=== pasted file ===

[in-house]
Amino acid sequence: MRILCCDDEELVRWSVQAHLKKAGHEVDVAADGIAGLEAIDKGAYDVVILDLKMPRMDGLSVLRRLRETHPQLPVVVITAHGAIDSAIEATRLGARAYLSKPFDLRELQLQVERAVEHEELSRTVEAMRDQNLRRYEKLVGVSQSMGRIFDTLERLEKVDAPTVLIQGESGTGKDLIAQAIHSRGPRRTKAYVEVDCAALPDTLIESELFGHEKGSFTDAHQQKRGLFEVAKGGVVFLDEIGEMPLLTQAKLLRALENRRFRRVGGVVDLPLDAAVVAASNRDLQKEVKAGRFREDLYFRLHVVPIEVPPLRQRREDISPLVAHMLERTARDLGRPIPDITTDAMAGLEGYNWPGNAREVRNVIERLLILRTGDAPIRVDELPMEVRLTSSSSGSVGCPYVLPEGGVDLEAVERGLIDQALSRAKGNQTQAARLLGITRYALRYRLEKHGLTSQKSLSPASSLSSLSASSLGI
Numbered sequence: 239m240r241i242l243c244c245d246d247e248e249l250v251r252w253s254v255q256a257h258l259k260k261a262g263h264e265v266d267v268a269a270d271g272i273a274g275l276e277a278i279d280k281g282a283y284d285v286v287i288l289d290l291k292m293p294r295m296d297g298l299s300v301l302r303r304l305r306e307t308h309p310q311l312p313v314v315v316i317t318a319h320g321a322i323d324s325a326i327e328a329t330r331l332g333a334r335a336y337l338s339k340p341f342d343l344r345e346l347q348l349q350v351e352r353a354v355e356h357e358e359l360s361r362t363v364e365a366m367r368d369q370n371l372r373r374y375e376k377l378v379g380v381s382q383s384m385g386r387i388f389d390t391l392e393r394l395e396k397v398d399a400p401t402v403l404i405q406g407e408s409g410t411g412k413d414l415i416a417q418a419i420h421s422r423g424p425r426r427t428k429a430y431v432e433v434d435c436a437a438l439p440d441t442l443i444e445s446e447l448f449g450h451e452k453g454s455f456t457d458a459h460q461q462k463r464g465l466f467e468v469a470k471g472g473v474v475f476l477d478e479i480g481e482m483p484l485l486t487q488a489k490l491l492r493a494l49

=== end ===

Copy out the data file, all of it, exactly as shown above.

[in-house]
Amino acid sequence: MRILCCDDEELVRWSVQAHLKKAGHEVDVAADGIAGLEAIDKGAYDVVILDLKMPRMDGLSVLRRLRETHPQLPVVVITAHGAIDSAIEATRLGARAYLSKPFDLRELQLQVERAVEHEELSRTVEAMRDQNLRRYEKLVGVSQSMGRIFDTLERLEKVDAPTVLIQGESGTGKDLIAQAIHSRGPRRTKAYVEVDCAALPDTLIESELFGHEKGSFTDAHQQKRGLFEVAKGGVVFLDEIGEMPLLTQAKLLRALENRRFRRVGGVVDLPLDAAVVAASNRDLQKEVKAGRFREDLYFRLHVVPIEVPPLRQRREDISPLVAHMLERTARDLGRPIPDITTDAMAGLEGYNWPGNAREVRNVIERLLILRTGDAPIRVDELPMEVRLTSSSSGSVGCPYVLPEGGVDLEAVERGLIDQALSRAKGNQTQAARLLGITRYALRYRLEKHGLTSQKSLSPASSLSSLSASSLGI
Numbered sequence: 239m240r241i242l243c244c245d246d247e248e249l250v251r252w253s254v255q256a257h258l259k260k261a262g263h264e265v266d267v268a269a270d271g272i273a274g275l276e277a278i279d280k281g282a283y284d285v286v287i288l289d290l291k292m293p294r295m296d297g298l299s300v301l302r303r304l305r306e307t308h309p310q311l312p313v314v315v316i317t318a319h320g321a322i323d324s325a326i327e328a329t330r331l332g333a334r335a336y337l338s339k340p341f342d343l344r345e346l347q348l349q350v351e352r353a354v355e356h357e358e359l360s361r362t363v364e365a366m367r368d369q370n371l372r373r374y375e376k377l378v379g380v381s382q383s384m385g386r387i388f389d390t391l392e393r394l395e396k397v398d399a400p401t402v403l404i405q406g407e408s409g410t411g412k413d414l415i416a417q418a419i420h421s422r423g424p425r426r427t428k429a430y431v432e433v434d435c436a437a438l439p440d441t442l443i444e445s446e447l448f449g450h451e452k453g454s455f456t457d458a459h460q461q462k463r464g465l466f467e468v469a470k471g472g473v474v475f476l477d478e479i480g481e482m483p484l485l486t487q488a489k490l491l492r493a494l49